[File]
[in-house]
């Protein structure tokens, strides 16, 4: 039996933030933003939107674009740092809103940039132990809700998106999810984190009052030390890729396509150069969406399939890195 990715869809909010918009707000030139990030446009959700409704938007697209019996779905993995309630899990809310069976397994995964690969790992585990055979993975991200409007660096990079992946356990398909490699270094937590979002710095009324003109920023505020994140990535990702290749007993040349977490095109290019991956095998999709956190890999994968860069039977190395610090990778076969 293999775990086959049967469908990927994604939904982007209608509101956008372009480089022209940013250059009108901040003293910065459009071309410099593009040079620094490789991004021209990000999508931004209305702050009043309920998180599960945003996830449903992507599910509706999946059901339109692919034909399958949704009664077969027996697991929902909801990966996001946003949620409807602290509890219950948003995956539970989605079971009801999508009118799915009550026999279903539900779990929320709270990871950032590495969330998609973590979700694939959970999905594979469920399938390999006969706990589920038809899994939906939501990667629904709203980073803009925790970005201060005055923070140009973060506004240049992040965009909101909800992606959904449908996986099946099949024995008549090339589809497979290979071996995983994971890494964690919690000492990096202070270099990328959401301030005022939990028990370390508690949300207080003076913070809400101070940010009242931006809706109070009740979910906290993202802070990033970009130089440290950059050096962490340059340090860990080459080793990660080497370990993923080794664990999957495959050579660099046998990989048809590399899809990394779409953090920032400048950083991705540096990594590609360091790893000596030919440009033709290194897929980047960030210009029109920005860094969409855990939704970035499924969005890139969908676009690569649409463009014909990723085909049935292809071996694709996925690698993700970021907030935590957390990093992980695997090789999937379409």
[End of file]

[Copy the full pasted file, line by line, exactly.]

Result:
[in-house]
């Protein structure tokens, strides 16, 4: 039996933030933003939107674009740092809103940039132990809700998106999810984190009052030390890729396509150069969406399939890195 990715869809909010918009707000030139990030446009959700409704938007697209019996779905993995309630899990809310069976397994995964690969790992585990055979993975991200409007660096990079992946356990398909490699270094937590979002710095009324003109920023505020994140990535990702290749007993040349977490095109290019991956095998999709956190890999994968860069039977190395610090990778076969 293999775990086959049967469908990927994604939904982007209608509101956008372009480089022209940013250059009108901040003293910065459009071309410099593009040079620094490789991004021209990000999508931004209305702050009043309920998180599960945003996830449903992507599910509706999946059901339109692919034909399958949704009664077969027996697991929902909801990966996001946003949620409807602290509890219950948003995956539970989605079971009801999508009118799915009550026999279903539900779990929320709270990871950032590495969330998609973590979700694939959970999905594979469920399938390999006969706990589920038809899994939906939501990667629904709203980073803009925790970005201060005055923070140009973060506004240049992040965009909101909800992606959904449908996986099946099949024995008549090339589809497979290979071996995983994971890494964690919690000492990096202070270099990328959401301030005022939990028990370390508690949300207080003076913070809400101070940010009242931006809706109070009740979910906290993202802070990033970009130089440290950059050096962490340059340090860990080459080793990660080497370990993923080794664990999957495959050579660099046998990989048809590399899809990394779409953090920032400048950083991705540096990594590609360091790893000596030919440009033709290194897929980047960030210009029109920005860094969409855990939704970035499924969005890139969908676009690569649409463009014909990723085909049935292809071996694709996925690698993700970021907030935590957390990093992980695997090789999937379409």